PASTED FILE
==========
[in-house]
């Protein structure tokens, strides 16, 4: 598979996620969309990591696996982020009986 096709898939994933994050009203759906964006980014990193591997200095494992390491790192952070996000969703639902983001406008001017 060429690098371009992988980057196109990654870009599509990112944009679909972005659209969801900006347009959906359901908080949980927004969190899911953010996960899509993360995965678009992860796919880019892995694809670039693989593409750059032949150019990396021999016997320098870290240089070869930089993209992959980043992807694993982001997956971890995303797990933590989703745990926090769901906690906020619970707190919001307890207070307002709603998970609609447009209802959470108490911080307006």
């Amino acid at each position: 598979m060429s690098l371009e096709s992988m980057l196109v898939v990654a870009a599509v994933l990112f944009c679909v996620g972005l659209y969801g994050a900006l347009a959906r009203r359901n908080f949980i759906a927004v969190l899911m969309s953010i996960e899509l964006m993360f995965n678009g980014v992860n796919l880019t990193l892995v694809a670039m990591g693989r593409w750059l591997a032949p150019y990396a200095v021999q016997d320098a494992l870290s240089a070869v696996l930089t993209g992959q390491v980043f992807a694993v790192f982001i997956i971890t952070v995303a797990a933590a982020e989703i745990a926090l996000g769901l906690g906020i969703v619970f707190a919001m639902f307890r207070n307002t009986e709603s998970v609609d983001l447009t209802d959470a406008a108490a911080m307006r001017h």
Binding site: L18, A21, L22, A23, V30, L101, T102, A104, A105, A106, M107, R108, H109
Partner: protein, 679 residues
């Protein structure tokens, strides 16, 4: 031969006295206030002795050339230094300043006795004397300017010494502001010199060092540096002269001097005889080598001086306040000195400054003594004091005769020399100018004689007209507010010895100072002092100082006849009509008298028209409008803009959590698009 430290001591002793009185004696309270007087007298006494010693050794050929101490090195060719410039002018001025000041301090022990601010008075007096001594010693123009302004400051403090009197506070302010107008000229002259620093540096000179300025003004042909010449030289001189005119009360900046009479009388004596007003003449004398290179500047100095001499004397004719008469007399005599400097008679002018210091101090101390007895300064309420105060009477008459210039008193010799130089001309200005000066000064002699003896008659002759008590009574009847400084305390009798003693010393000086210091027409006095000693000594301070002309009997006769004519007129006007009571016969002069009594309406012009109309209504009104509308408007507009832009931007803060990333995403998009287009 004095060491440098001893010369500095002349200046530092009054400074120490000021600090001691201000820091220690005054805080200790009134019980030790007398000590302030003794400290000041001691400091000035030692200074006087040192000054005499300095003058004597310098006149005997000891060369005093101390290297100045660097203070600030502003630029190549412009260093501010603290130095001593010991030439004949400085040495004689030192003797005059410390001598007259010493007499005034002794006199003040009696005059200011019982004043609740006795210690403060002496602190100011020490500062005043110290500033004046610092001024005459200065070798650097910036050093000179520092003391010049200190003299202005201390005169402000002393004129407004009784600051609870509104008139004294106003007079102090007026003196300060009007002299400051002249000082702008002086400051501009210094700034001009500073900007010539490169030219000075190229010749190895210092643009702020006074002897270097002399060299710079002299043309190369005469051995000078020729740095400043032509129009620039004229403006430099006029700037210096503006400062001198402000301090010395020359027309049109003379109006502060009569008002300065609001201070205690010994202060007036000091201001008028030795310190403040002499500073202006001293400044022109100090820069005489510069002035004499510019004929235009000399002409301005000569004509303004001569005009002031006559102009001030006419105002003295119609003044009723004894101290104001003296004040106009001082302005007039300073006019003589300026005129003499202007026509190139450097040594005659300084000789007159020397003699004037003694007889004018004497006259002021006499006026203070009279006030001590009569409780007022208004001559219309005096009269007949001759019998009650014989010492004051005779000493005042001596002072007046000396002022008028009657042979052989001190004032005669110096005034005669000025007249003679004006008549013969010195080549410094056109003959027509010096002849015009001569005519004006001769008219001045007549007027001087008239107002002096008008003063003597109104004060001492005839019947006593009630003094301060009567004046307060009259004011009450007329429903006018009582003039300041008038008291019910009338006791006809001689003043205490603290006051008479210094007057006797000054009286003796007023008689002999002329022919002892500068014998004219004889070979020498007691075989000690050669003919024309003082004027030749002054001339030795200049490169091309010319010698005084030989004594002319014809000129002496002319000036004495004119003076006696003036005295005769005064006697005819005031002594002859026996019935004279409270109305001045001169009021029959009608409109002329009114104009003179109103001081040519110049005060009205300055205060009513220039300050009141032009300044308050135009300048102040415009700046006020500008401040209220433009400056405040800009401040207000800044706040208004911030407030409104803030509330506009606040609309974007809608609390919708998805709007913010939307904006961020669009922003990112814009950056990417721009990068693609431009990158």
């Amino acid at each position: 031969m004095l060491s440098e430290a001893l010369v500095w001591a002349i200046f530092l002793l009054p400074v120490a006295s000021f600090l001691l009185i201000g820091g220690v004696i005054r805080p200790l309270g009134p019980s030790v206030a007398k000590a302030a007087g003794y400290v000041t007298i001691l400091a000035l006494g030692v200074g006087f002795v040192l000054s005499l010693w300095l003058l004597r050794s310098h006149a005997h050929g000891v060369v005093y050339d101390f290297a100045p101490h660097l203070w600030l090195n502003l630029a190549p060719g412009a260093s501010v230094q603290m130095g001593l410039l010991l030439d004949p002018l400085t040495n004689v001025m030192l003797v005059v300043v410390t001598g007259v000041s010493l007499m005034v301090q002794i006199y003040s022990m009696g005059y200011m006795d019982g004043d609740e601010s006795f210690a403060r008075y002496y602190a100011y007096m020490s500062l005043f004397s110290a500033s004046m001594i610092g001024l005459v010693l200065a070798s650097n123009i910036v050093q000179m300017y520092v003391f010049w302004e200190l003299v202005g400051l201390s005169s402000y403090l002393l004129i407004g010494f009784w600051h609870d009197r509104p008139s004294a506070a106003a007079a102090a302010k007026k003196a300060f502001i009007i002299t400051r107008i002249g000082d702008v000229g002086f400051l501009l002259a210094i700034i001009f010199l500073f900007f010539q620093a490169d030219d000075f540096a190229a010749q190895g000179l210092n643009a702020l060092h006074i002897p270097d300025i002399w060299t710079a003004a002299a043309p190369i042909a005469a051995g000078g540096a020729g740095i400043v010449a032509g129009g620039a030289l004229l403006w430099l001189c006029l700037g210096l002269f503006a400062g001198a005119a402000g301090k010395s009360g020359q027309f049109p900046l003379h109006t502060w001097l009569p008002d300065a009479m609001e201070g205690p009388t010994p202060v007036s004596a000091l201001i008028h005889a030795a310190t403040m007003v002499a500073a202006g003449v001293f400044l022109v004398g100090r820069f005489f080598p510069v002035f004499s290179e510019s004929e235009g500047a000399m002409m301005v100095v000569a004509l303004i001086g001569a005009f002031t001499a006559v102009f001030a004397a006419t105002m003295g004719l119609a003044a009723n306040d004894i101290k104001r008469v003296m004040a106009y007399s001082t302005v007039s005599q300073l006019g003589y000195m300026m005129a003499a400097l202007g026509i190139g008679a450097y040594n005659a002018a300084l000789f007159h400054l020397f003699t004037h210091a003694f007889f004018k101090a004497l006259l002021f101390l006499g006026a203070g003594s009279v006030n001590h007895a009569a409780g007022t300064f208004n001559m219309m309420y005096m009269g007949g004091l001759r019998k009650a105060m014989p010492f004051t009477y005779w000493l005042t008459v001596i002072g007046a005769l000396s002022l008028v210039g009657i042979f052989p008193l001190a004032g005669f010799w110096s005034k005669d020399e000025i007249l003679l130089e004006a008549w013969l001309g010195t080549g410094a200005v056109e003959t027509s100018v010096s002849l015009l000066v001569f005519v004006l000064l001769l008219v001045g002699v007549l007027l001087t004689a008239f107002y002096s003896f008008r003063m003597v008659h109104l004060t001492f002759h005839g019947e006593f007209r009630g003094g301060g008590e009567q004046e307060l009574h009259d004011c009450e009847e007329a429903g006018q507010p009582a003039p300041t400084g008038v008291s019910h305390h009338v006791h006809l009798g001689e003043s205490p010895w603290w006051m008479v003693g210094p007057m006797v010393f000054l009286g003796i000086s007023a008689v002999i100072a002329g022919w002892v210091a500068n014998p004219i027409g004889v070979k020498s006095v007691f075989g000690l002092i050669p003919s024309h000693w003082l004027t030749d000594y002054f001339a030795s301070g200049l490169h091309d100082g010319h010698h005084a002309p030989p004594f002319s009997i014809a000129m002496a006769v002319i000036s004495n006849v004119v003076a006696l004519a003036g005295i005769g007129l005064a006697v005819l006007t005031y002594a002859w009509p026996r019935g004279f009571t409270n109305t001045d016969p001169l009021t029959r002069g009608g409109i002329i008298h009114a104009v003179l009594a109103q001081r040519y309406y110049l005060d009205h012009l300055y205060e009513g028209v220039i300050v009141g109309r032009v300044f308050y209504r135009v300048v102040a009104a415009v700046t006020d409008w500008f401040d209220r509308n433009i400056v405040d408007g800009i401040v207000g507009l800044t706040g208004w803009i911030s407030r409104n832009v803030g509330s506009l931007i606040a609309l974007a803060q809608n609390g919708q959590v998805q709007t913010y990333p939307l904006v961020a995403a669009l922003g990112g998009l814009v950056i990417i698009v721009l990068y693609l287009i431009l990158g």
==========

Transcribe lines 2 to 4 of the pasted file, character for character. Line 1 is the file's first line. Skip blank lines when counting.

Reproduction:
């Protein structure tokens, strides 16, 4: 598979996620969309990591696996982020009986 096709898939994933994050009203759906964006980014990193591997200095494992390491790192952070996000969703639902983001406008001017 060429690098371009992988980057196109990654870009599509990112944009679909972005659209969801900006347009959906359901908080949980927004969190899911953010996960899509993360995965678009992860796919880019892995694809670039693989593409750059032949150019990396021999016997320098870290240089070869930089993209992959980043992807694993982001997956971890995303797990933590989703745990926090769901906690906020619970707190919001307890207070307002709603998970609609447009209802959470108490911080307006």
């Amino acid at each position: 598979m060429s690098l371009e096709s992988m980057l196109v898939v990654a870009a599509v994933l990112f944009c679909v996620g972005l659209y969801g994050a900006l347009a959906r009203r359901n908080f949980i759906a927004v969190l899911m969309s953010i996960e899509l964006m993360f995965n678009g980014v992860n796919l880019t990193l892995v694809a670039m990591g693989r593409w750059l591997a032949p150019y990396a200095v021999q016997d320098a494992l870290s240089a070869v696996l930089t993209g992959q390491v980043f992807a694993v790192f982001i997956i971890t952070v995303a797990a933590a982020e989703i745990a926090l996000g769901l906690g906020i969703v619970f707190a919001m639902f307890r207070n307002t009986e709603s998970v609609d983001l447009t209802d959470a406008a108490a911080m307006r001017h």
Binding site: L18, A21, L22, A23, V30, L101, T102, A104, A105, A106, M107, R108, H109